# Discrete mathematics induction

1. Nov 11, 2008

### Firestrider

1. The problem statement, all variables and given/known data

Prove that for all integers a >= 1, a^n - 1 is divisible by a - 1 for all n >= 1.

2. Relevant equations

None.

3. The attempt at a solution

Proof - Let P(n): a^n - 1 is divisible by a - 1, then

P(1): a^1 - 1 is divisible by a - 1 is TRUE since a^1 - 1 = a - 1, and a - 1 = (1)(a - 1)

Suppose that P(k): a^k - 1 is divisible by a - 1 is TRUE. Then, there exists an integer q such that a^k - 1 = (a - 1)q or a^k = (a-1)q + 1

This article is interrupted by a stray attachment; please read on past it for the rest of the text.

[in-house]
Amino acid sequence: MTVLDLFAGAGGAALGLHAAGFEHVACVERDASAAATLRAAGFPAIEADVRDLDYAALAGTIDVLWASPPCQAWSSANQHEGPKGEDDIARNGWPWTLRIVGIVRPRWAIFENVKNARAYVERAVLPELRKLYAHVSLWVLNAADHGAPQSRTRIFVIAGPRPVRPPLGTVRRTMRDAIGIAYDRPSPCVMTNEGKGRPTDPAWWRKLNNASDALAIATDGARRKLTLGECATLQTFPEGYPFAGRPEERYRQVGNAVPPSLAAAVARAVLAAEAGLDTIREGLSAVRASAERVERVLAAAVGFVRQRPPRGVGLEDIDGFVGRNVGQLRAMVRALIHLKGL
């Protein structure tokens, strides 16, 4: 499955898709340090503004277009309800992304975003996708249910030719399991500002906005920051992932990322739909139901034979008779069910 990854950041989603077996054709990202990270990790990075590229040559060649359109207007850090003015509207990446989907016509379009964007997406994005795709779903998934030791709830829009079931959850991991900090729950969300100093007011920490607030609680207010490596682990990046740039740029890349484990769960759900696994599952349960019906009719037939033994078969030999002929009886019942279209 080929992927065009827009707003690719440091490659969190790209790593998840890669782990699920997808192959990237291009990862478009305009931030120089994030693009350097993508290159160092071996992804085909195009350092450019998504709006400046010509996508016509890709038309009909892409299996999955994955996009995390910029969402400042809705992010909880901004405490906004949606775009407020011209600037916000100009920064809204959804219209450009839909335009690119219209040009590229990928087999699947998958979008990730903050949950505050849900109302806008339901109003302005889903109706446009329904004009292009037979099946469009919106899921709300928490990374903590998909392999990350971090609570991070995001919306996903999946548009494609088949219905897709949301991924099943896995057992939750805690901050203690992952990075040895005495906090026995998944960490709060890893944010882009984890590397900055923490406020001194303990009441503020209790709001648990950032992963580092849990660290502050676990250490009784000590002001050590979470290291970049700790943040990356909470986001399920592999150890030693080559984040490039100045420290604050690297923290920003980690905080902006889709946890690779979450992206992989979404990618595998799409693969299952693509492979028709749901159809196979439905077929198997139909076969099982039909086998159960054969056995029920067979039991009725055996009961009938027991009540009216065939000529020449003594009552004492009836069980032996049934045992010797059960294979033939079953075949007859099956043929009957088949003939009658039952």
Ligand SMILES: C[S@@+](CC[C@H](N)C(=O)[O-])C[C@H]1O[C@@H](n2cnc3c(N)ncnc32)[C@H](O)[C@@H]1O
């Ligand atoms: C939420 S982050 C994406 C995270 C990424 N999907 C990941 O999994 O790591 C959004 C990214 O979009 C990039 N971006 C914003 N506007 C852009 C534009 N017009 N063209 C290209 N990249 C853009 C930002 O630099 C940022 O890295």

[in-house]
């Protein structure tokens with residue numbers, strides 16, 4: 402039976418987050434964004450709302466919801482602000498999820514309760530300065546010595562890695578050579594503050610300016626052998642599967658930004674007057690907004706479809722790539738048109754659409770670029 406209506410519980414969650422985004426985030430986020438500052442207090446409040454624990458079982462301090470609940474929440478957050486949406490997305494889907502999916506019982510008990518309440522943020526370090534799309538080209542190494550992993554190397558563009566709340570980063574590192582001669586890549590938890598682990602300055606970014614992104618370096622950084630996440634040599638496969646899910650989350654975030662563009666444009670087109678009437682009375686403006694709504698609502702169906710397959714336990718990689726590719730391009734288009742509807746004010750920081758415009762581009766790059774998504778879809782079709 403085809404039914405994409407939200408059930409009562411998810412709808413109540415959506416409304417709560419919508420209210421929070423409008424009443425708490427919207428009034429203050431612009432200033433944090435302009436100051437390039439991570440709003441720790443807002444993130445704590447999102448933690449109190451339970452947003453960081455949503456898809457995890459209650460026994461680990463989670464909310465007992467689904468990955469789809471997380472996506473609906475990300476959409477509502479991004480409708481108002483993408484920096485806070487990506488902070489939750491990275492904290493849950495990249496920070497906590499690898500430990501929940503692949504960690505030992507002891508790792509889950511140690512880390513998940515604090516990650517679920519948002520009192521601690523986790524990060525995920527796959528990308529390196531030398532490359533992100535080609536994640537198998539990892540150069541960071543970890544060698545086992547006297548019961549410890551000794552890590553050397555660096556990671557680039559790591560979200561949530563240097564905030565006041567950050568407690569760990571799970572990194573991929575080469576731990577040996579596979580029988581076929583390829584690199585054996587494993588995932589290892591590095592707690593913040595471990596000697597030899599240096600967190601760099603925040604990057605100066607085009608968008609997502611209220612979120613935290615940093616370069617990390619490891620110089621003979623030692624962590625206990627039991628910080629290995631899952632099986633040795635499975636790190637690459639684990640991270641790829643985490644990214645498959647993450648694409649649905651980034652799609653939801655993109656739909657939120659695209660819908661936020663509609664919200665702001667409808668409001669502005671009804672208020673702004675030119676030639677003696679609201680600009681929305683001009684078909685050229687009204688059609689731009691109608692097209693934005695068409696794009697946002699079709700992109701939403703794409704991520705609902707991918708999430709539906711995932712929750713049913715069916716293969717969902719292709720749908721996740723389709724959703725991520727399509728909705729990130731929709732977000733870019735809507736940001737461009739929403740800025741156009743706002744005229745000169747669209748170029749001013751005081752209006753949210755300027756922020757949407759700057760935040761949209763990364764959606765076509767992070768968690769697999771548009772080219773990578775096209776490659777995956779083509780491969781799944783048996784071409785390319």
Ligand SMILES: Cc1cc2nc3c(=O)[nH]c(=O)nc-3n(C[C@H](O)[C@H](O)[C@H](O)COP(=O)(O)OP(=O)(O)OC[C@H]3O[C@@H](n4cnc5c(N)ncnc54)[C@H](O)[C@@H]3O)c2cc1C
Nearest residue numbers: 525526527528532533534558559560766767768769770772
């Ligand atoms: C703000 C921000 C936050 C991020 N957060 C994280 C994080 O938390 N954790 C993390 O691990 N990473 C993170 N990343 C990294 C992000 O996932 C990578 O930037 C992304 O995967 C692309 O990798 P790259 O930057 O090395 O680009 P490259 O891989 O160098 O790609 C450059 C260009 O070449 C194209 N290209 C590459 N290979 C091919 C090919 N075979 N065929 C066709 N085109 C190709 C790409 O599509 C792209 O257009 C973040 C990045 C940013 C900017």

Now consider a^(k+1) - 1 = a(a^k) - 1
= a((a - 1)q + 1) - 1
= (a)(a - 1)q + a - 1
= (a - 1)aq + (a - 1)
= (a - 1)(aq + 1)

Thus, a^(k+1) - 1 is divisible by a - 1 whenever a^k - 1 is divisible by a - 1. Therefore, a^n - 1 is divisible by a -1 for all n >= 1.

The problem I'm having is I don't think I proved that for all a >= 1.

2. Nov 11, 2008

### HallsofIvy

No, there is no requirement that a- 1 be greater than 0 so there is no requirement that a be greater than 1.

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